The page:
So many traveled hundreds or even thousands of miles to take part in this month’s rolling rally in Washington, D.C., to save their livelihoods, but their experience also bonded them and reminded them what is special about their industry.
As part of the Motorcoaches Rolling for Awareness event, thousands of drivers, operators and suppliers told the industry’s story and asked for funding to help companies survive through the economic shutdown until group travel can safely resume.
Bus & Motorcoach News spoke to some of those who came about their experience and why taking part in this historic event was so important to them.
“Everybody was glad they went,” said Grace Couch, who came on a bus that carried a dozen employees from sister companies Clark Travel and Roadrunner Charters, located near Austin, Texas.
Attending the rally was the idea of a driver who initially planned to take her own car but, when others wanted to go, they asked the company about taking a bus. The vice president told them if they could raise the money for fuel, they could take a company coach.
Honking in unity
“We raised $1,500 in three hours, mostly from furloughed drivers who wanted to go but couldn’t,” Couch said.
After they gathered the money, the vice president said he would cover the fuel cost, and told them to use the money raised for their expenses. The group drove straight through, spending the night at a hotel on the eve of the May 13 rally and then driving straight back to Texas, arriving the next afternoon.
The rally was everything they expected and more.
“It was amazing seeing all those buses. I don’t know how long they planned it, but it came together really well,” Couch said, adding that her favorite memory was the buses honking in unity for two minutes.
Ron Baker, one of the drivers, said he felt a deeper connection to the industry after meeting drivers he communicated with regularly on Facebook but who lived in other states.
“It was great getting out there and coming together as a family,” said Baker, who’s been a driver for Roadrunner Charters for five years, working his way up from driving limousines to school buses to motorcoaches. “Motorcoaches are my life.”
Support from the sidewalk
Erin Curry wasn’t on a bus but on a sidewalk showing support with homemade signs bearing the message: “Without buses, we don’t have a business!” As soon as she heard about the rally, she knew she would be there. She drove up with her husband, Grant, and their two sons from the Indianapolis area. She owns Appian Tours, which she started in 2011 at age 28.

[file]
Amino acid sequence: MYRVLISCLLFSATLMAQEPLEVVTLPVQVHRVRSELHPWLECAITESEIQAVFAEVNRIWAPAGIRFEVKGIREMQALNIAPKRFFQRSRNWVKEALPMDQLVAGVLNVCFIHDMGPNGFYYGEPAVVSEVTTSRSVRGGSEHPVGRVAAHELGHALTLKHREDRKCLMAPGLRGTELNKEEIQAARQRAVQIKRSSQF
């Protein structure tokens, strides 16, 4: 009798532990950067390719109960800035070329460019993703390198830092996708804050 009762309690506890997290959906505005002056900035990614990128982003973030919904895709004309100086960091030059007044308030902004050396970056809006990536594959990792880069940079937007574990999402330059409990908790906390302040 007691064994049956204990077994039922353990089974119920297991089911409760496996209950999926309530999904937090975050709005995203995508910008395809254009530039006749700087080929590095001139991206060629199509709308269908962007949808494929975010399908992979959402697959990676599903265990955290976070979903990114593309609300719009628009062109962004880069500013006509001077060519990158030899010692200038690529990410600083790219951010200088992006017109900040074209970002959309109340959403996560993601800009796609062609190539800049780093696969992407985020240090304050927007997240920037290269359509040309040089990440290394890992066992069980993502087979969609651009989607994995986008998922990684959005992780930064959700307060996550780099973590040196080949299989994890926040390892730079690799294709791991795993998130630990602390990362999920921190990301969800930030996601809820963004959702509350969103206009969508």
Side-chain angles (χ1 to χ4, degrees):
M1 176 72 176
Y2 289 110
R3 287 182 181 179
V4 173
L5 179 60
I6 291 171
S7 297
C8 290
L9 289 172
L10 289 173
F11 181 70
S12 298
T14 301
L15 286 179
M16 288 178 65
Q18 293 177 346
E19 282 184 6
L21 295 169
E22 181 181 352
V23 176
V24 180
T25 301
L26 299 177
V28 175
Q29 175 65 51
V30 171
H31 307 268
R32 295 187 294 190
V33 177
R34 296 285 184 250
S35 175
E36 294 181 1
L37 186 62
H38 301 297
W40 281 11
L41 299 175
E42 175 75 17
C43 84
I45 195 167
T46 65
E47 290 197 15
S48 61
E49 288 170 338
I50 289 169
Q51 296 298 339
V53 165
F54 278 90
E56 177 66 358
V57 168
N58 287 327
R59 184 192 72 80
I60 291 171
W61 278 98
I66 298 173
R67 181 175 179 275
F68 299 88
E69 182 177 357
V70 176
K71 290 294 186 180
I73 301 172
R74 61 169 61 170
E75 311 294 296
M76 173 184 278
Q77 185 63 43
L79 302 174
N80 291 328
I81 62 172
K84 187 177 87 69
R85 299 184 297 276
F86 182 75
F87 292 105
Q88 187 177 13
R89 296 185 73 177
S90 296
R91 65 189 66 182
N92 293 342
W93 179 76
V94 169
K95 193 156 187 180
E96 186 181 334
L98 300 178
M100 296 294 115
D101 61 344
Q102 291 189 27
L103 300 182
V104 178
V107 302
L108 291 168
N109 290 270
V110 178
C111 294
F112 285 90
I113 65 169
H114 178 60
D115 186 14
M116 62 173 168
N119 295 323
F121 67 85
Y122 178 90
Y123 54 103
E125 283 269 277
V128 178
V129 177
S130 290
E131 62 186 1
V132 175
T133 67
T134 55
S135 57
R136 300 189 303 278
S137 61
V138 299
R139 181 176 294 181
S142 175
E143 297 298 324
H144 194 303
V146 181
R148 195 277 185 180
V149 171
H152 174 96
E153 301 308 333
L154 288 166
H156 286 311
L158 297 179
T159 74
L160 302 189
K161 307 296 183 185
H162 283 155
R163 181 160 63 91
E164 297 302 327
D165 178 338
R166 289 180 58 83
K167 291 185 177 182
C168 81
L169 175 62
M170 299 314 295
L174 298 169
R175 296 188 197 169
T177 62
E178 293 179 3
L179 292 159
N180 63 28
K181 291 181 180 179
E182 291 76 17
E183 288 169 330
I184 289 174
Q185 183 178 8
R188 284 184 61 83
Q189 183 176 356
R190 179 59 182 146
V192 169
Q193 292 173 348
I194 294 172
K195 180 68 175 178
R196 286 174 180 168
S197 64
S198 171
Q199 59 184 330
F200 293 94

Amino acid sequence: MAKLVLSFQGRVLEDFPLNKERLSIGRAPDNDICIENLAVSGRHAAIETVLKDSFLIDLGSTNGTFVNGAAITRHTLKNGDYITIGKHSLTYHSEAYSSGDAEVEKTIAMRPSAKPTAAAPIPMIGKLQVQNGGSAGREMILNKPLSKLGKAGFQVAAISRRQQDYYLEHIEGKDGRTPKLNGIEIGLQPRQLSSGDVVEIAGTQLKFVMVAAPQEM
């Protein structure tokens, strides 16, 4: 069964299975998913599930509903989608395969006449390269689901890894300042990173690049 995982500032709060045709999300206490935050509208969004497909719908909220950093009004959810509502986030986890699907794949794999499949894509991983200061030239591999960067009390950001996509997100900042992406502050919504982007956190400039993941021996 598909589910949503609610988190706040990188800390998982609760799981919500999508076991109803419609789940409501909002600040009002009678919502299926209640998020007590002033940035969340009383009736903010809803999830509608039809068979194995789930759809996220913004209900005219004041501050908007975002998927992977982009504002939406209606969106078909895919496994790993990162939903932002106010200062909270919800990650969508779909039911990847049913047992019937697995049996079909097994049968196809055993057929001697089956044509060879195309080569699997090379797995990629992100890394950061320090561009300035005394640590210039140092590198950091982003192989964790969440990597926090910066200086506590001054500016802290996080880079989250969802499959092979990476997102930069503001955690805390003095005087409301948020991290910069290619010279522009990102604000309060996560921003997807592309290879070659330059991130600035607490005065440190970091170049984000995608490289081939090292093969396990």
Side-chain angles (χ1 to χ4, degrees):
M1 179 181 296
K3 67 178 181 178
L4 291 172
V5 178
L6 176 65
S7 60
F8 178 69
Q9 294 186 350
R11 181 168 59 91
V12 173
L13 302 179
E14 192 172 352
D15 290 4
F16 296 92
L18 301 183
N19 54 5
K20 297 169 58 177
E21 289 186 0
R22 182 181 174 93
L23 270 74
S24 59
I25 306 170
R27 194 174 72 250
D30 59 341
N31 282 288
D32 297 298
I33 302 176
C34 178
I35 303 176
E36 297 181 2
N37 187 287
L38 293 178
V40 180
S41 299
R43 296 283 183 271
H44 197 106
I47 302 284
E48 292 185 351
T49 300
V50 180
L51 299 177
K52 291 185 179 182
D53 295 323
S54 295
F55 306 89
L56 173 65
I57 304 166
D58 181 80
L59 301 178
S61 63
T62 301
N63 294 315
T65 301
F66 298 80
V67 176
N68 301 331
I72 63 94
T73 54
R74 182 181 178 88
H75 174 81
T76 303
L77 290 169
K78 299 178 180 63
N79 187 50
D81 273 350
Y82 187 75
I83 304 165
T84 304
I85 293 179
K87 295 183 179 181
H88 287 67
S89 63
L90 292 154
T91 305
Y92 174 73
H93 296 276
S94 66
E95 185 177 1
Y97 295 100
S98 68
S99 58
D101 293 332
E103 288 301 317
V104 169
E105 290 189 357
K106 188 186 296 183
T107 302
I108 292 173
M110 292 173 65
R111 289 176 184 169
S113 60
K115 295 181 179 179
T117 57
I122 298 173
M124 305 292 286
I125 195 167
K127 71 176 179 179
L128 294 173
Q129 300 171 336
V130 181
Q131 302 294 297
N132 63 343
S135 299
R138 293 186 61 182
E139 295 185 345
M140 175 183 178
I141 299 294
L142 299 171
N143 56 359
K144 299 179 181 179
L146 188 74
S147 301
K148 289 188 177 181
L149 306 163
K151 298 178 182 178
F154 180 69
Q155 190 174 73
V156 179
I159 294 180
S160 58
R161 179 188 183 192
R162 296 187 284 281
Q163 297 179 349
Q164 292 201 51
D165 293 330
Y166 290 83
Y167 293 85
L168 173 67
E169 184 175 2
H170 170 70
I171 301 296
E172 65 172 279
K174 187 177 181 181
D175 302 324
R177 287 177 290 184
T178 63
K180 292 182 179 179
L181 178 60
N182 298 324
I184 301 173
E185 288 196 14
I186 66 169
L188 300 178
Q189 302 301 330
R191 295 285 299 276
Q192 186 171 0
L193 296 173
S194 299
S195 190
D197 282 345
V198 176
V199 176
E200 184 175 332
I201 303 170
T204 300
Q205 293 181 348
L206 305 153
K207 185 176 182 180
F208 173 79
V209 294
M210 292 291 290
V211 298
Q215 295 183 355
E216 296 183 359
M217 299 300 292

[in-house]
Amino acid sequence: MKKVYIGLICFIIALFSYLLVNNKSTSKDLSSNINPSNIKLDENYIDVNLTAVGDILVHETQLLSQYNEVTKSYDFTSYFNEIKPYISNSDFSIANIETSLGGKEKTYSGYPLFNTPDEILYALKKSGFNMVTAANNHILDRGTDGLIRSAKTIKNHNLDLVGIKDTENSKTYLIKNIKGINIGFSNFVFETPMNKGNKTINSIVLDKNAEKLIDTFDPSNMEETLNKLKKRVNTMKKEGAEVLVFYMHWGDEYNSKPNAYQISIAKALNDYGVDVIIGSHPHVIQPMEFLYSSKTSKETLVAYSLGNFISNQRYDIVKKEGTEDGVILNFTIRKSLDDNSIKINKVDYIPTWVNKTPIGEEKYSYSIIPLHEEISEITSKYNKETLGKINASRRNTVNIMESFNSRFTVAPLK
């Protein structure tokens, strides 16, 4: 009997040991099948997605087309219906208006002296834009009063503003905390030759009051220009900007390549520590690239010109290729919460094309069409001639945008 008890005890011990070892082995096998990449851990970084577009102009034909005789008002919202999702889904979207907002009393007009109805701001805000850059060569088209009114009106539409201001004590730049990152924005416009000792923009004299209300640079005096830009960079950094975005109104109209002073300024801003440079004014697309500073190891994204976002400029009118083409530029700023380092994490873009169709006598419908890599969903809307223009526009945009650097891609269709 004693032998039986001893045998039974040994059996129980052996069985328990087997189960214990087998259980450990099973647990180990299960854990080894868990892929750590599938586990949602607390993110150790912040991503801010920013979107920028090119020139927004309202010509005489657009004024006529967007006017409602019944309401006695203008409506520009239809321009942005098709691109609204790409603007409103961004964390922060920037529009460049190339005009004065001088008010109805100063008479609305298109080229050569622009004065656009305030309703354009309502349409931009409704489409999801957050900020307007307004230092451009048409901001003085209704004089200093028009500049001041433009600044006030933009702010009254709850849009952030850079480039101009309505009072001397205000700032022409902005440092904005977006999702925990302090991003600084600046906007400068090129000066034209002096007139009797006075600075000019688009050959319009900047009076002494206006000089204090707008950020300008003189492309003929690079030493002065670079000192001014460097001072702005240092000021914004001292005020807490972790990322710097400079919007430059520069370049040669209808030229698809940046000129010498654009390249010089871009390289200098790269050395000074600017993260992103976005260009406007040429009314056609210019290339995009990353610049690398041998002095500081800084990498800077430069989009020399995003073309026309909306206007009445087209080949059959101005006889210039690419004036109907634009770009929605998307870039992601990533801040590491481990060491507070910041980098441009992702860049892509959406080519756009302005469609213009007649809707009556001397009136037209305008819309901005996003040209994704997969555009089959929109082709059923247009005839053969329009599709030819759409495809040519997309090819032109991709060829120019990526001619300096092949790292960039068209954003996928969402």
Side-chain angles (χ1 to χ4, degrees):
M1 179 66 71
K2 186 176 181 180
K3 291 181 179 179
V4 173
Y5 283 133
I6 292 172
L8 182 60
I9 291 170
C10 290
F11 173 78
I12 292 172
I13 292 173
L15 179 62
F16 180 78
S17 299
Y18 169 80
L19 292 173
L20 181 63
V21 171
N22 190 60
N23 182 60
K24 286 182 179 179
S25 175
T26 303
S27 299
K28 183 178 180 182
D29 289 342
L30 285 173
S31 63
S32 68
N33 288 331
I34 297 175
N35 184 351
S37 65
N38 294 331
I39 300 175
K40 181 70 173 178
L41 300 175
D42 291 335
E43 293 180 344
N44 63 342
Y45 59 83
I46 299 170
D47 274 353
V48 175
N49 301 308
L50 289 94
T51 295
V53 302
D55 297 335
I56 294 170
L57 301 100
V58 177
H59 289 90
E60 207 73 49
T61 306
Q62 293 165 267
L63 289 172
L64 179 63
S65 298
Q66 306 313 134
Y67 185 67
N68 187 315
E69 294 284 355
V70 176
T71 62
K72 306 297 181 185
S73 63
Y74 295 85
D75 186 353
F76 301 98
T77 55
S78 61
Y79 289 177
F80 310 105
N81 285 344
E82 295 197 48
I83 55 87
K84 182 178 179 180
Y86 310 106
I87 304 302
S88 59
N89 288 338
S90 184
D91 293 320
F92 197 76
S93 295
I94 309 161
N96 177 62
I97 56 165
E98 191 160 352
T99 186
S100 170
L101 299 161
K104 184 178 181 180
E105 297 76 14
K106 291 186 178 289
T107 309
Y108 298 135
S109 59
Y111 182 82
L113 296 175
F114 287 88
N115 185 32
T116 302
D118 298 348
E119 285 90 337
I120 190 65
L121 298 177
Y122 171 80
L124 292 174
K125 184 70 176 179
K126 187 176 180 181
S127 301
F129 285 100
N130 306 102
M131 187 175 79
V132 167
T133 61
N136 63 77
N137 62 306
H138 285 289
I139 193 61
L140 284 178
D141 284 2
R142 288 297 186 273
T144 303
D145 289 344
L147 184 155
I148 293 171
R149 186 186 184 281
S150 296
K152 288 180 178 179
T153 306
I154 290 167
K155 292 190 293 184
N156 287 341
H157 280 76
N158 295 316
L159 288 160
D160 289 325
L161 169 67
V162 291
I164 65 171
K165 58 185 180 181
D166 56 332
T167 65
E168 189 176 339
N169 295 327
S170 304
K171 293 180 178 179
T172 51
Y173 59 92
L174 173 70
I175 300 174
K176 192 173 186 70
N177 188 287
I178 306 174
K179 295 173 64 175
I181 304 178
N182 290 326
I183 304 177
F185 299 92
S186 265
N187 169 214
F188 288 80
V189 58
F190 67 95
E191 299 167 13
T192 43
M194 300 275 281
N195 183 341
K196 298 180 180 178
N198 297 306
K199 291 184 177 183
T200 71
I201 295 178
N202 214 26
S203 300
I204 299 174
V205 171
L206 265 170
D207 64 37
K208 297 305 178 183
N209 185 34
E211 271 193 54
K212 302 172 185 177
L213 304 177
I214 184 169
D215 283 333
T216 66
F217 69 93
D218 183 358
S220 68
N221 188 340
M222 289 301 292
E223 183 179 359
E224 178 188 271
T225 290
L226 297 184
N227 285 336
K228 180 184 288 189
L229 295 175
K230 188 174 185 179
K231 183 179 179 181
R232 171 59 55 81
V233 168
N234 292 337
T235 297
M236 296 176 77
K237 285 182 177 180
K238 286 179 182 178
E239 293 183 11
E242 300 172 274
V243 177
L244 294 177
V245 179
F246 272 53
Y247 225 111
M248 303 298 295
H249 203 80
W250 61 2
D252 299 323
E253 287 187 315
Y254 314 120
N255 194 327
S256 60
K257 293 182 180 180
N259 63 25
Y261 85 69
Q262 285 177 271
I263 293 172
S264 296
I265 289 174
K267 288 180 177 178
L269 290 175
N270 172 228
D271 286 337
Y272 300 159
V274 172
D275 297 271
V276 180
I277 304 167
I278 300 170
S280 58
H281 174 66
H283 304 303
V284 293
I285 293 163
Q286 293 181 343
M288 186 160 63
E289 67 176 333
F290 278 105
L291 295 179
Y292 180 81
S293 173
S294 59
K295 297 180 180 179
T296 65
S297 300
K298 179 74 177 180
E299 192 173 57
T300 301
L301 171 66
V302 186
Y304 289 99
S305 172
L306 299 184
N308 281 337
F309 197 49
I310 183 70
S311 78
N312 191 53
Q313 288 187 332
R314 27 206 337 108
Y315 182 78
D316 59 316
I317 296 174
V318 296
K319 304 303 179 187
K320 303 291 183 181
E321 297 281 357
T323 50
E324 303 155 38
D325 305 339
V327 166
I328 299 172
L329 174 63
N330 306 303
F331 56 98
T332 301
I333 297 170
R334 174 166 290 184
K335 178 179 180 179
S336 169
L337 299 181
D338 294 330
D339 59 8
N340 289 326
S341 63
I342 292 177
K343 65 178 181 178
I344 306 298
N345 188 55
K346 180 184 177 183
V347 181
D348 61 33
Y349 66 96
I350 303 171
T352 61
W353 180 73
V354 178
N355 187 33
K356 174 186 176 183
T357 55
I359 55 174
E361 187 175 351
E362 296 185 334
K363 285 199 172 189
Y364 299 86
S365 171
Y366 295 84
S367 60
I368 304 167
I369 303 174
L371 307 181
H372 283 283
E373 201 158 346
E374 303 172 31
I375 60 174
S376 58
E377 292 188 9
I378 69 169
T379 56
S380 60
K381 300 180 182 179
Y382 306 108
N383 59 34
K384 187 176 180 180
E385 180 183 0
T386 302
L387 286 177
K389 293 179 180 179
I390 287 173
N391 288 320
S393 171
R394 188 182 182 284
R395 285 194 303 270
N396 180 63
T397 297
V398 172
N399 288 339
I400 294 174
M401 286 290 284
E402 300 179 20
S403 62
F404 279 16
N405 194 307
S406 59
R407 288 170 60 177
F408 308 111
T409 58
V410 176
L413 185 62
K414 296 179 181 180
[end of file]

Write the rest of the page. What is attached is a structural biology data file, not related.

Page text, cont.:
“We wanted to attend the rally in D.C., not only to show Congress that the motorcoaches need assistance but to show our motorcoach partners that their tourism family is going to drive great lengths to support each other,” Curry said. “The motorcoach and tourism industry is the strongest community in the world, and we are proud to be included with this incredible group of people. We hope that Congress saw the commitment and continues to see the persistence of our motorcoach family over the upcoming days, and that they don’t ‘miss the bus’ again.”
Charles Rukstela, the owner of Rukstela Charter Service in Eastford, Connecticut, made the 800-mile round-trip journey with one of his drivers and one bus. Despite his mounting bills and no income for two months, he knew he had to be there.
“I think it was a once-in-a-lifetime thing for all of us to come together like that. I’m hoping it was once in a lifetime, because I never want to have to go through something like we are experiencing again,” said Rukstela, a third-generation bus driver. He joined the industry as a school bus driver in his teens before starting his own company more than 20 years ago and growing his fleet to five motorcoaches.
Convoy to D.C.
From Orlando, Florida, came husband and wife Raul Calderon and Carmen Bonilla, two of the five partners of JB Bus. Their yellow bus was part of a convoy led by ABC Companies to Washington, D.C.
“It was beautiful. It was very well-organized. We’ve never seen all the companies together like this,” said Calderon, a driver turned operator whose fleet has grown to 23 motorcoaches since launching in 2005. He qualified for his commercial driver’s license a year after coming to the U.S. in 1996, from his native Argentina. Partner Juan Londono, who wasn’t able to attend the rolling rally, says he’s proud his mom and stepdad were able to represent the company.
David Beach chronicled the trip on social media, driving for the Utah-based Smith Coaches Inc. He felt like he was on a mission for Cory Smith, the company’s second-generation owner, who stayed back so he wouldn’t miss important family engagements.
Beach, 32, said, “He was born into the industry.” And he could potentially lose his business. Beach started driving buses when he was 18, and motorcoaches when he turned 21. Over the winter, he transitioned from driver to tour company operator, opening his business, Royal Crown Tours.
“It was great seeing the industry coming together because we’re all struggling right now,” Beach said, adding that the public doesn’t realize closures during warm months are particularly difficult for an industry that makes the bulk of its revenues during spring and summer.
“It was great seeing the unification happening. You run into these people one on one, but seeing so many of them in the same place at the same time was powerful.”